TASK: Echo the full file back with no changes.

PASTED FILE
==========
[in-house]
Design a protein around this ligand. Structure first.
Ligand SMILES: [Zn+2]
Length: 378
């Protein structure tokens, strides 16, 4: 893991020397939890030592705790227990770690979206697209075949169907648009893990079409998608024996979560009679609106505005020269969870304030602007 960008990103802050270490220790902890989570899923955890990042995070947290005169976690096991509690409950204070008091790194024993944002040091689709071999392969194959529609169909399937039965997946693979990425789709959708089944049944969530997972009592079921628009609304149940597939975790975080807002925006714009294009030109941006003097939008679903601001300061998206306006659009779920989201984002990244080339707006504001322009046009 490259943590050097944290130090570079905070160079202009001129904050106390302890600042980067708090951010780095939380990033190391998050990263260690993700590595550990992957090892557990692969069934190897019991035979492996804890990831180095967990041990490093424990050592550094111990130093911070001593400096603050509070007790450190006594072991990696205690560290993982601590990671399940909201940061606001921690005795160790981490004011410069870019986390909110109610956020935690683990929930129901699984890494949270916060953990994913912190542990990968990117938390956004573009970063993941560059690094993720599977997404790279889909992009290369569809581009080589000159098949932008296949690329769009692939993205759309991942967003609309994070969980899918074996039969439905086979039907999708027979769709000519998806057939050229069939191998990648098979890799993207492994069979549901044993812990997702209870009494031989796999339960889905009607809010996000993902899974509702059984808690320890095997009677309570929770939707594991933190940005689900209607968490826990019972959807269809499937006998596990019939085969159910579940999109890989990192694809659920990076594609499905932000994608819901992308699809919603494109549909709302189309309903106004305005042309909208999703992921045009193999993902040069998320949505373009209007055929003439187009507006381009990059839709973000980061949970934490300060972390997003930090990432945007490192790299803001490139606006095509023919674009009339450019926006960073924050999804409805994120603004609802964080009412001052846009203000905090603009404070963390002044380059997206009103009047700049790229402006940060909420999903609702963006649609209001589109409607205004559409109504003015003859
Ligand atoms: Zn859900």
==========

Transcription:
[in-house]
Design a protein around this ligand. Structure first.
Ligand SMILES: [Zn+2]
Length: 378
């Protein structure tokens, strides 16, 4: 893991020397939890030592705790227990770690979206697209075949169907648009893990079409998608024996979560009679609106505005020269969870304030602007 960008990103802050270490220790902890989570899923955890990042995070947290005169976690096991509690409950204070008091790194024993944002040091689709071999392969194959529609169909399937039965997946693979990425789709959708089944049944969530997972009592079921628009609304149940597939975790975080807002925006714009294009030109941006003097939008679903601001300061998206306006659009779920989201984002990244080339707006504001322009046009 490259943590050097944290130090570079905070160079202009001129904050106390302890600042980067708090951010780095939380990033190391998050990263260690993700590595550990992957090892557990692969069934190897019991035979492996804890990831180095967990041990490093424990050592550094111990130093911070001593400096603050509070007790450190006594072991990696205690560290993982601590990671399940909201940061606001921690005795160790981490004011410069870019986390909110109610956020935690683990929930129901699984890494949270916060953990994913912190542990990968990117938390956004573009970063993941560059690094993720599977997404790279889909992009290369569809581009080589000159098949932008296949690329769009692939993205759309991942967003609309994070969980899918074996039969439905086979039907999708027979769709000519998806057939050229069939191998990648098979890799993207492994069979549901044993812990997702209870009494031989796999339960889905009607809010996000993902899974509702059984808690320890095997009677309570929770939707594991933190940005689900209607968490826990019972959807269809499937006998596990019939085969159910579940999109890989990192694809659920990076594609499905932000994608819901992308699809919603494109549909709302189309309903106004305005042309909208999703992921045009193999993902040069998320949505373009209007055929003439187009507006381009990059839709973000980061949970934490300060972390997003930090990432945007490192790299803001490139606006095509023919674009009339450019926006960073924050999804409805994120603004609802964080009412001052846009203000905090603009404070963390002044380059997206009103009047700049790229402006940060909420999903609702963006649609209001589109409607205004559409109504003015003859
Ligand atoms: Zn859900």